World Economy

Germany’s Massive Trade Surplus Becoming Toxic

Germany’s Massive Trade Surplus Becoming ToxicGermany’s Massive Trade Surplus Becoming Toxic

Germany exporting more than it imports is becoming a big problem for its economy, a director from the country’s closely-watched Ifo Institute said Wednesday.

“The trade surplus is turning out to be an increasing issue, not just with the US but with other trade partners as well, and also within the European Union,” Gabriel Felbermayr, the director of the Ifo Center for International Economics at the Munich-based institute, told CNBC’s “Squawk Box Europe.”

“The surplus is becoming toxic, and also within Germany many argue now that we need to do something about it with the purpose of lowering it. It turns out to be a liability rather than an asset.”

Germany’s export-orientated, manufacturing economy and its resulting trade surplus—the value of its exports exceeding that of its imports—has long been a subject of criticism and Berlin has been pressured to encourage more domestic spending and boost imports.

Trade surpluses are viewed as encouraging trade protectionism and worsening the economic problems of other countries.

Germany’s trade surplus fell in 2017 for the first time since 2009, shrinking to $300.9 billion, data published in February by the country’s Federal Statistics Office showed. Still, its trade surplus with the US was $64 billion.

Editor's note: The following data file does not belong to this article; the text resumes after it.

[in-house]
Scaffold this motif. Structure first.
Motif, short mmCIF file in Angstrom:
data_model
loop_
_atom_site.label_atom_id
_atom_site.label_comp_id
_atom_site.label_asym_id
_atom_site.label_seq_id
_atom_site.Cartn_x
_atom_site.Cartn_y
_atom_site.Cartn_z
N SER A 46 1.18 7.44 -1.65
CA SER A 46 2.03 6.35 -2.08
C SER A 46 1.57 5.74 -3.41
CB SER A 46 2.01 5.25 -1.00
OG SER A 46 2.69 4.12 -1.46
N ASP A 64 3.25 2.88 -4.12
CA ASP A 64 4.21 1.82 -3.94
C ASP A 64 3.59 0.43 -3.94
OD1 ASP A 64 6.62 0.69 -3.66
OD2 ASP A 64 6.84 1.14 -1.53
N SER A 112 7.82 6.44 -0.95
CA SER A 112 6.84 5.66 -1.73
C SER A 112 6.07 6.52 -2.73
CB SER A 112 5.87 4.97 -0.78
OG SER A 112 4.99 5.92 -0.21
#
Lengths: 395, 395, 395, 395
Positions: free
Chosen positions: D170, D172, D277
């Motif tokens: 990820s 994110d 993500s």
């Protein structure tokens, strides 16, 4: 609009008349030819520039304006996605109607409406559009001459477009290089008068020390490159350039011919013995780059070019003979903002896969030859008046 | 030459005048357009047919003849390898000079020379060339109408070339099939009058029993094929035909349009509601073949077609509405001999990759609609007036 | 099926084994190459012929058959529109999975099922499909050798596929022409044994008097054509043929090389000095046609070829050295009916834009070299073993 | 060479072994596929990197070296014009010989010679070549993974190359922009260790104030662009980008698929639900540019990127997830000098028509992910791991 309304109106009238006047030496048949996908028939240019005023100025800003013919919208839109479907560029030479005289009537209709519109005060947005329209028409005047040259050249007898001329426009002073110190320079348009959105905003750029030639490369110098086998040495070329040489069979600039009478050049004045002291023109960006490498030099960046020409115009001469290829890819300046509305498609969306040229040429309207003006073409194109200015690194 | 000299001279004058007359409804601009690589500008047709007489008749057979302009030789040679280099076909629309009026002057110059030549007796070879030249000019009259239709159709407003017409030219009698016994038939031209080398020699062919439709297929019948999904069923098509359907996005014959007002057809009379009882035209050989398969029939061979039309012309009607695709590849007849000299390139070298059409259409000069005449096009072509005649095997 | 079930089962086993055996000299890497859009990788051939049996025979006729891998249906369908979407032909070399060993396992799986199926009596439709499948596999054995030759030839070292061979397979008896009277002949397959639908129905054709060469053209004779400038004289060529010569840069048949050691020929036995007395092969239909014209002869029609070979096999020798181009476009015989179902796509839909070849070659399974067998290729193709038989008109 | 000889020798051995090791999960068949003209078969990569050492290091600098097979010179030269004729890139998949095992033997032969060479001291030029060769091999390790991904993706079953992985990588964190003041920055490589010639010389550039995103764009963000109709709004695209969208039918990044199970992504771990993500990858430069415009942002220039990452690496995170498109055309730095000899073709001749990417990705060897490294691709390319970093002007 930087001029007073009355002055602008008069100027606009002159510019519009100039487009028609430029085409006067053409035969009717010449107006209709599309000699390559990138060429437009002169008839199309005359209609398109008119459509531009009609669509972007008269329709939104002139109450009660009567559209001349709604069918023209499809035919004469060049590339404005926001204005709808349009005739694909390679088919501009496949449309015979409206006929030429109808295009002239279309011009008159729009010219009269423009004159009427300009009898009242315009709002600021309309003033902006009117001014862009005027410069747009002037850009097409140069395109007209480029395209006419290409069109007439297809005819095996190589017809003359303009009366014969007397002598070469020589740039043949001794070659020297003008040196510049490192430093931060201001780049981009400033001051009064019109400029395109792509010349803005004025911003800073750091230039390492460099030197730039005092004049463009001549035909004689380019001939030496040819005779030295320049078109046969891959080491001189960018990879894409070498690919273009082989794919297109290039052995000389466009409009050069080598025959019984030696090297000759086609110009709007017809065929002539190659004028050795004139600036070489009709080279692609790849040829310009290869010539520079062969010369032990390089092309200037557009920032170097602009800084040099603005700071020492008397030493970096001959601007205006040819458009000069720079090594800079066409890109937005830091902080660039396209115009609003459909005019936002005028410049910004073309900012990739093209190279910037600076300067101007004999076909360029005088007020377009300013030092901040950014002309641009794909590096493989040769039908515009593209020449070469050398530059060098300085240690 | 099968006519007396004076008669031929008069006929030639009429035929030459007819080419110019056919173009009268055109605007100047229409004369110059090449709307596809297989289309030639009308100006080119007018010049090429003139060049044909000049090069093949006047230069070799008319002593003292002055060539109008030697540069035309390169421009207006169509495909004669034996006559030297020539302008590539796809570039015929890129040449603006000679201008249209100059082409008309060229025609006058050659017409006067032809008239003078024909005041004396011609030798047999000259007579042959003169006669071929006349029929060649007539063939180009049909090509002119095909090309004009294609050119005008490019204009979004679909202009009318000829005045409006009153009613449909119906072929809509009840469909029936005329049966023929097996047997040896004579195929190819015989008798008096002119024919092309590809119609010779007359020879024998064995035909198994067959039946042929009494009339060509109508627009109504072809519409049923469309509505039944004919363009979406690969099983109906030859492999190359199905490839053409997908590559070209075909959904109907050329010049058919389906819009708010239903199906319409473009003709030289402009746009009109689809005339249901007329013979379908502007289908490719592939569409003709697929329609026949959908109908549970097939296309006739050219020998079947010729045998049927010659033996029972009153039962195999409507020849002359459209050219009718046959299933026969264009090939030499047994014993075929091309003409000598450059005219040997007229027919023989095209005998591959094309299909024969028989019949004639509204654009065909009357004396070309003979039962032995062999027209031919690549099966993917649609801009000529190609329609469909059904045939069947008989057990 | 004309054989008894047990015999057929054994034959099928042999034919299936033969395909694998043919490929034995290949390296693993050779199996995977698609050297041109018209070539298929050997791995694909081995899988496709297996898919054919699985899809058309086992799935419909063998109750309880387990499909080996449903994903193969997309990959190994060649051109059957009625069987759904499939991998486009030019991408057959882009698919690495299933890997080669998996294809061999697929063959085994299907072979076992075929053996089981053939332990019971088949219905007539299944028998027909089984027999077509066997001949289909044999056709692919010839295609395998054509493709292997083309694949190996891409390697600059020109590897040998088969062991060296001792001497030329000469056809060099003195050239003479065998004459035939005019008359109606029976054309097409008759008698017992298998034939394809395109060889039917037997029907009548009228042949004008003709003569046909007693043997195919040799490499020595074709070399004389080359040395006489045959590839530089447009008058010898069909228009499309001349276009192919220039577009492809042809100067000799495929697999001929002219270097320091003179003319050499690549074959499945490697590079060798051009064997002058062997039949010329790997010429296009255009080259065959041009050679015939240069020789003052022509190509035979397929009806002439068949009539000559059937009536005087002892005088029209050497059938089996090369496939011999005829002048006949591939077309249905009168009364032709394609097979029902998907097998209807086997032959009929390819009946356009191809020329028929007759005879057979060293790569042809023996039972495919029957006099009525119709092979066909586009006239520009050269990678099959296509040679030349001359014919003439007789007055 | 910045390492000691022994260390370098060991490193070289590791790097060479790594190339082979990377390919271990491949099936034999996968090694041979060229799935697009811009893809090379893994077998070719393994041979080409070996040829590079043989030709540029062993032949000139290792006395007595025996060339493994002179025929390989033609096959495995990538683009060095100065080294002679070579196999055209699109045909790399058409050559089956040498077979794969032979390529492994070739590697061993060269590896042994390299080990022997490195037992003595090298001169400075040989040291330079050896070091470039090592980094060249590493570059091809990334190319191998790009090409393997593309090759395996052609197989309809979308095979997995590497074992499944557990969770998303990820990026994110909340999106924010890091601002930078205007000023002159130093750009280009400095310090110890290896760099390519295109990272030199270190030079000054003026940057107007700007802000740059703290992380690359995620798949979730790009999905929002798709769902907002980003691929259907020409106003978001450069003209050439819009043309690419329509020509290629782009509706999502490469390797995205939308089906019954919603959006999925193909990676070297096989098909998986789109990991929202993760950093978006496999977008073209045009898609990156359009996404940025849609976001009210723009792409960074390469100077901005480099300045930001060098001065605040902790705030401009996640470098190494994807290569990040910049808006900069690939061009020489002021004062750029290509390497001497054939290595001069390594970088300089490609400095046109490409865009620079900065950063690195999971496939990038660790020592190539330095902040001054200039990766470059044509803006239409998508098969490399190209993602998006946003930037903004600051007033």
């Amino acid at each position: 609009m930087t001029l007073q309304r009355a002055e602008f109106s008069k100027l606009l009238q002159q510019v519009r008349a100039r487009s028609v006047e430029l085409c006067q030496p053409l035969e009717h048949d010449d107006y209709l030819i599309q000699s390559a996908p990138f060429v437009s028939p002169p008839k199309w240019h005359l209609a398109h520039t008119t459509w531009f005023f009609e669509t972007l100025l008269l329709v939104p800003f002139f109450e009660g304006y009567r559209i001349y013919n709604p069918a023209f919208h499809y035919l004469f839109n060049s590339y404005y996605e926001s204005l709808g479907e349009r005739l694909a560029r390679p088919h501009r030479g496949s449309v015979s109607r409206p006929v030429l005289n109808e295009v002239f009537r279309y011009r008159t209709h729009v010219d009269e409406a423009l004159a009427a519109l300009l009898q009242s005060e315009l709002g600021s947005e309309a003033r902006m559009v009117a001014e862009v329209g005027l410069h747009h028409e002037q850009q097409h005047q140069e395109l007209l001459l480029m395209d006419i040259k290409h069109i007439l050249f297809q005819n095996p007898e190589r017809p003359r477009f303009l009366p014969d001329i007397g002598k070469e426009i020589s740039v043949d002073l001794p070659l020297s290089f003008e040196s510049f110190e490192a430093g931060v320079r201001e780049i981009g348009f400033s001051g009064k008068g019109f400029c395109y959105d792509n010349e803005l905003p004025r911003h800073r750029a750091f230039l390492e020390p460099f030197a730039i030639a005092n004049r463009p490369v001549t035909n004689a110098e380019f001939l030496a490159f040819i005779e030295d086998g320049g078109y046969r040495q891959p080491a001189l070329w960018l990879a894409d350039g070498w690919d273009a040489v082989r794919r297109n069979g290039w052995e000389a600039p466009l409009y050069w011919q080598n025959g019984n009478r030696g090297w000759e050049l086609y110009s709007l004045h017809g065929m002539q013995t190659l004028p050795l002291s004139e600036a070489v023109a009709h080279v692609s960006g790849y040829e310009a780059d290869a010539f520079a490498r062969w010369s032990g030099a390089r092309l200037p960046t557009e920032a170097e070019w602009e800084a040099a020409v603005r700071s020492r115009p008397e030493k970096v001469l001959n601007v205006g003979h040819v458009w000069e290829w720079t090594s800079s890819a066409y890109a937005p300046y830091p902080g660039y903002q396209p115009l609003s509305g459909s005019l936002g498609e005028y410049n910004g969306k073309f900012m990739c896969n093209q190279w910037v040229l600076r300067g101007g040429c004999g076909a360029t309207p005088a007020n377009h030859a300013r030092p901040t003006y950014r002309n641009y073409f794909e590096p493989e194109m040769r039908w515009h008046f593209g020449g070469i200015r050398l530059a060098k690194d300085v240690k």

Merkel Warns Trump

German Chancellor Angela Merkel has warned the Trump administration that hitting auto imports with new tariffs would have dire consequences.

''We now have tariffs on aluminum and steel and we have a discussion that is far more serious," Merkel told German lawmakers on Wednesday. "This is taking on the contours of a trade conflict—I don't want to use words that go any further. It's worth every effort to try and defuse this so that this conflict does not become a war.''

President Donald Trump has threatened to place a 20% tariff on all European cars coming to the United States if the European Union doesn't remove its own trade barriers.

Targeting cars would dramatically raise the stakes in the spat between Europe and its biggest trading partner. EU-US trade in goods and services is worth more than €1 trillion ($1.2 trillion) each year.

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